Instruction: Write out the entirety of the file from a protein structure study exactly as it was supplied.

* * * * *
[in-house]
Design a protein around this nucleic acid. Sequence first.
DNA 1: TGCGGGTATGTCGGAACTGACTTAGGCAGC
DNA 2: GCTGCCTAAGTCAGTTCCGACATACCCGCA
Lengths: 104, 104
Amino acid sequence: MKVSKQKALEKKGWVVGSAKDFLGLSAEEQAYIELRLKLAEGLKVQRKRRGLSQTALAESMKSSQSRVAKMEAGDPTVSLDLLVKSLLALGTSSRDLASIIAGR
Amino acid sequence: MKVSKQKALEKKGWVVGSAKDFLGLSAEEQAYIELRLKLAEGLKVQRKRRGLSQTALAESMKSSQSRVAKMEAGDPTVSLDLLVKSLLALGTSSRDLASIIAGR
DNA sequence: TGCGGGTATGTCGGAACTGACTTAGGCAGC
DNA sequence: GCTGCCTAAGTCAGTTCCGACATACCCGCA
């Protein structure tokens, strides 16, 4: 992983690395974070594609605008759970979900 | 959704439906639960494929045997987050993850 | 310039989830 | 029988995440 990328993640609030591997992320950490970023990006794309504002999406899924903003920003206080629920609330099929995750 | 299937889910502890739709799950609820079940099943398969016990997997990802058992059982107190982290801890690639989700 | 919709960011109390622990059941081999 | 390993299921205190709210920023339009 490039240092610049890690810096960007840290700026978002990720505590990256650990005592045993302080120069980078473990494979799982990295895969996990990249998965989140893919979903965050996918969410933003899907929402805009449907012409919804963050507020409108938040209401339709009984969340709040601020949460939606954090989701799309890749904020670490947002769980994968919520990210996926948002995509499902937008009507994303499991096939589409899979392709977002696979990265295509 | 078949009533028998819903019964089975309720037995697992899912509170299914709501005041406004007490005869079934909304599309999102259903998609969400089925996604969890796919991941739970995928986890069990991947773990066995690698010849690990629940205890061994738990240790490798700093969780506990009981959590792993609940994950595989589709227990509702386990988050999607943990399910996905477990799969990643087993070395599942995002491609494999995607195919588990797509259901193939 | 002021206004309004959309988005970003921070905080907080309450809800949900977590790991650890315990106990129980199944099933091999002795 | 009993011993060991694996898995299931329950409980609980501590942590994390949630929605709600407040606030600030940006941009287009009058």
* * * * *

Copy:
[in-house]
Design a protein around this nucleic acid. Sequence first.
DNA 1: TGCGGGTATGTCGGAACTGACTTAGGCAGC
DNA 2: GCTGCCTAAGTCAGTTCCGACATACCCGCA
Lengths: 104, 104
Amino acid sequence: MKVSKQKALEKKGWVVGSAKDFLGLSAEEQAYIELRLKLAEGLKVQRKRRGLSQTALAESMKSSQSRVAKMEAGDPTVSLDLLVKSLLALGTSSRDLASIIAGR
Amino acid sequence: MKVSKQKALEKKGWVVGSAKDFLGLSAEEQAYIELRLKLAEGLKVQRKRRGLSQTALAESMKSSQSRVAKMEAGDPTVSLDLLVKSLLALGTSSRDLASIIAGR
DNA sequence: TGCGGGTATGTCGGAACTGACTTAGGCAGC
DNA sequence: GCTGCCTAAGTCAGTTCCGACATACCCGCA
């Protein structure tokens, strides 16, 4: 992983690395974070594609605008759970979900 | 959704439906639960494929045997987050993850 | 310039989830 | 029988995440 990328993640609030591997992320950490970023990006794309504002999406899924903003920003206080629920609330099929995750 | 299937889910502890739709799950609820079940099943398969016990997997990802058992059982107190982290801890690639989700 | 919709960011109390622990059941081999 | 390993299921205190709210920023339009 490039240092610049890690810096960007840290700026978002990720505590990256650990005592045993302080120069980078473990494979799982990295895969996990990249998965989140893919979903965050996918969410933003899907929402805009449907012409919804963050507020409108938040209401339709009984969340709040601020949460939606954090989701799309890749904020670490947002769980994968919520990210996926948002995509499902937008009507994303499991096939589409899979392709977002696979990265295509 | 078949009533028998819903019964089975309720037995697992899912509170299914709501005041406004007490005869079934909304599309999102259903998609969400089925996604969890796919991941739970995928986890069990991947773990066995690698010849690990629940205890061994738990240790490798700093969780506990009981959590792993609940994950595989589709227990509702386990988050999607943990399910996905477990799969990643087993070395599942995002491609494999995607195919588990797509259901193939 | 002021206004309004959309988005970003921070905080907080309450809800949900977590790991650890315990106990129980199944099933091999002795 | 009993011993060991694996898995299931329950409980609980501590942590994390949630929605709600407040606030600030940006941009287009009058």